It’s one of those thoughts that I suspect many of us have, from time to time. Driving shame and /or guilt and compromising our ability to connect.
Even if it’s that flash in the pan, and not ongoing resentment, it can be scary to think that we resent our child/ren.
I recall that there were many times when my dynamic whirlwind child was little that I just wished life was easier. Seemed like I had to be “ON” all the time. Barely time for breathing before the next issue happened.
Lots of self-judgement around, why couldn’t I “control” this kid. Why couldn’t they follow instructions.
What if instead we can accept that not liking our kids from time to time is human.
We tend to put our kids into a different bucket than the rest of humanity. Like we’re supposed to like them all the time.
The reality is, we are human. They are human. We have human responses.
Sometimes our kids trigger feelings that can overwhelm us with guilt, frustration or shame. After all “good mothers” love their children all the time.
LOVE v Like
Of course we LOVE them all the time, that doesn’t mean we like them always. They are two different emotions.
We can still love them and not like their behaviour and that is a really important differentiator.
Being able to recognise that love is unconditional. It accepts our child for who they are, not what they do.
Unconditional love separates the deed from the doer.
Unconditional love means we see our child first. It’s the key to connect before correct.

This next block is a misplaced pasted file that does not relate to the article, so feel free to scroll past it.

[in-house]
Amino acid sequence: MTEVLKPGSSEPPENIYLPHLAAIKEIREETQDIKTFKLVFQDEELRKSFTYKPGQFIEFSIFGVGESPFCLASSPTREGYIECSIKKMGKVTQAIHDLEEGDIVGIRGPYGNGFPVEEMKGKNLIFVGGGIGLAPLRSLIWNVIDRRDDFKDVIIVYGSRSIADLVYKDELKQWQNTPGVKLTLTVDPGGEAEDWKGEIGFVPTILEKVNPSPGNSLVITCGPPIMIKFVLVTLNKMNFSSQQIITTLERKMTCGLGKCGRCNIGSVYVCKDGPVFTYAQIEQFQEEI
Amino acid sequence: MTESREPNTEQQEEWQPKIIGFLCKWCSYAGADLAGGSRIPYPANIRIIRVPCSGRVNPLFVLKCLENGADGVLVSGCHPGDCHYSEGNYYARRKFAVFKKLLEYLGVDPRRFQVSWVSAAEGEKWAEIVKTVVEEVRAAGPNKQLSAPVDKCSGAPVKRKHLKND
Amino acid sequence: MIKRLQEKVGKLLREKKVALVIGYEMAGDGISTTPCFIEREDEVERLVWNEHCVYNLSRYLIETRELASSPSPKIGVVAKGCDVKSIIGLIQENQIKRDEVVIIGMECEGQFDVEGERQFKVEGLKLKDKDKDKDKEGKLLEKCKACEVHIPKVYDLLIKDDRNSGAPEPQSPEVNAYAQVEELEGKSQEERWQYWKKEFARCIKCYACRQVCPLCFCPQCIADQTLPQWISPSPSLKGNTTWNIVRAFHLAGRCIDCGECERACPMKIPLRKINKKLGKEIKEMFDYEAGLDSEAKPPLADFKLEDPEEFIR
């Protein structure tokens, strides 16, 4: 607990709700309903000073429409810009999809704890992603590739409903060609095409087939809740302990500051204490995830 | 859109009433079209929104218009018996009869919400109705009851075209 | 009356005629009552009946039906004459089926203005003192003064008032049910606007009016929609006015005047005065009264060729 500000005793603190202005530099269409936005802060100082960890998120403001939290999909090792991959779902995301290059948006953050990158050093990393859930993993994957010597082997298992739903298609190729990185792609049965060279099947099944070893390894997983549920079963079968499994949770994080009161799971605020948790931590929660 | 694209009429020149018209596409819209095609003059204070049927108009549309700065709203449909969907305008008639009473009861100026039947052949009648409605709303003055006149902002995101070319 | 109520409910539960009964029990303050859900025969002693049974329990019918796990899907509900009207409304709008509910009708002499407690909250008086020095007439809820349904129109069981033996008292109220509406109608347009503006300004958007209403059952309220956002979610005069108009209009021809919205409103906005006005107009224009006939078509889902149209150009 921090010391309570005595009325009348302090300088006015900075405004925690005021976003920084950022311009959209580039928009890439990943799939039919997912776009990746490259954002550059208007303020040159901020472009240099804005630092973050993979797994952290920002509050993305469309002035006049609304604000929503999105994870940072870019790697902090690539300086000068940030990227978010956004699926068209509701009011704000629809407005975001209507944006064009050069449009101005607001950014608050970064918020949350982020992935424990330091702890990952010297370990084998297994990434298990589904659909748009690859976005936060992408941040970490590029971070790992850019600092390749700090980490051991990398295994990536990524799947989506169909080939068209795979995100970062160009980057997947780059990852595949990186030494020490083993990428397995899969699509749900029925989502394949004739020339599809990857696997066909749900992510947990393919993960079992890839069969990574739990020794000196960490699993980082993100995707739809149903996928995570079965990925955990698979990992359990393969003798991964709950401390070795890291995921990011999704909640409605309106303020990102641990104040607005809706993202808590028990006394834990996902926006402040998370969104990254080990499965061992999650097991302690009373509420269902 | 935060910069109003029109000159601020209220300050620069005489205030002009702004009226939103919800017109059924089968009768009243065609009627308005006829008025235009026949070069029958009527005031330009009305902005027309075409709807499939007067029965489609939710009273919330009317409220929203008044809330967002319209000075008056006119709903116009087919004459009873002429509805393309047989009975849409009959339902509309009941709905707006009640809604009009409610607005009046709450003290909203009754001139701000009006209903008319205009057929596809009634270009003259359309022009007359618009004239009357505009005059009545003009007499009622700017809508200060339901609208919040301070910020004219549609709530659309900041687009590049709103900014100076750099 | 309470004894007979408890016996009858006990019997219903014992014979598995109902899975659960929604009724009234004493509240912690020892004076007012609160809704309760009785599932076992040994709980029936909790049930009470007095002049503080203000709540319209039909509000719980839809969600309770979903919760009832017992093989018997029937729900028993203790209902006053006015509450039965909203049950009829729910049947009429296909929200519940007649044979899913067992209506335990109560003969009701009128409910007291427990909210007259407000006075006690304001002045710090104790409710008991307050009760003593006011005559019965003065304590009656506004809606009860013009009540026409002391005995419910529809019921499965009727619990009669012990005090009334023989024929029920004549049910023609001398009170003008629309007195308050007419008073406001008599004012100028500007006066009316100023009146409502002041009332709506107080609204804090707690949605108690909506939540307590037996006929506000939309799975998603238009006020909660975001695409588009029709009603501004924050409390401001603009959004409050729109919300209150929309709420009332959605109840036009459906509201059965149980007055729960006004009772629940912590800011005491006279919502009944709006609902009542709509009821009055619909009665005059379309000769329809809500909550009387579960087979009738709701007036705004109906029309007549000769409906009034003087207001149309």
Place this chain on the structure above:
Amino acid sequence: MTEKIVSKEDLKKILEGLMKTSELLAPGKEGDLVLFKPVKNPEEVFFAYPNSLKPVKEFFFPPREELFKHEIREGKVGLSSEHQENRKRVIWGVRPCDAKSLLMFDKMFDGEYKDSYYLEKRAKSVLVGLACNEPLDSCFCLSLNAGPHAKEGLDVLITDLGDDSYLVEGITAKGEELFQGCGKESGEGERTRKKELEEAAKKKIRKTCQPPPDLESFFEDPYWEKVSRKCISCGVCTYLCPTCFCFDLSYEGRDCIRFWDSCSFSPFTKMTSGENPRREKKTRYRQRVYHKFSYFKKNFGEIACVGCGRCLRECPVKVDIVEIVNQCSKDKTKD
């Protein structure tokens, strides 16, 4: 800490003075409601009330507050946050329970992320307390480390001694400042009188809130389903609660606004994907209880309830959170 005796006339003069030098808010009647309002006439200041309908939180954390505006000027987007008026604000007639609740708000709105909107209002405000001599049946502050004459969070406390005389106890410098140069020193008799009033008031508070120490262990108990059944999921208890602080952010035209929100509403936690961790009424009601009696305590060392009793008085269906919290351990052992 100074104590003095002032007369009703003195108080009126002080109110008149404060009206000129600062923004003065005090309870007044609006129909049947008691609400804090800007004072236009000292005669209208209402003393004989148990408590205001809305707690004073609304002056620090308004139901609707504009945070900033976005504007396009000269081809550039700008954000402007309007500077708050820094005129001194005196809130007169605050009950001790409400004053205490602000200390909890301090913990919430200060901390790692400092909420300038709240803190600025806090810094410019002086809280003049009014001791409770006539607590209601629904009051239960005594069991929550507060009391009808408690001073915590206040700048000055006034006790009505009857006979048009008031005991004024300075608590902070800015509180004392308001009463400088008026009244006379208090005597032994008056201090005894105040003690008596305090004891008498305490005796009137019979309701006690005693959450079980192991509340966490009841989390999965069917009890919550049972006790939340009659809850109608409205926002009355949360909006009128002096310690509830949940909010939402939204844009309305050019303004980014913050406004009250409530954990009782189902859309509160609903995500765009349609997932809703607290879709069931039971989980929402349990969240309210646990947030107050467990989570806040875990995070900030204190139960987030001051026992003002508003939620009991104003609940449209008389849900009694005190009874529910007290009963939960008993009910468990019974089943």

Unconditional love is not authoritarian, nor is it permissive.
Unconditional love empathises with their challenges.
Unconditional love is not just bigger and stronger, it’s wiser and kinder.
Unconditional love does not judge. Accepts where they are at.
Unconditional love is curious to learn more. Understand them and their problem.
One of the keys to being able to love unconditionally is to LOVE ourselves first in the same way.
So many of us get caught by the “shark music” of all the conditional love we received growing up. We get mad at the kids for all the things they trigger in our emotional circuits that have us feel terrible.
I know non-compliance was a bigger for me. There would be huge consequences if we didn’t do as we were told. My mum would become a screaming banshee and totally loose control. Super scary for little kids for sure.
I was “gifted” a child who was going to be testing me on my self-management regularly.
Some of us don’t even remember our childhoods, and so it can be more difficult to make the connections between what we feel with our kids, and the feelings that were programmed into us when we were kids.
It’s another one of those “don’t know what we don’t know” scenarios. It limits our ability to feel confident as we parent because we can’t connect the feelings with our historical experience. We end up resenting ourselves and/or our children because of the feelings that well up.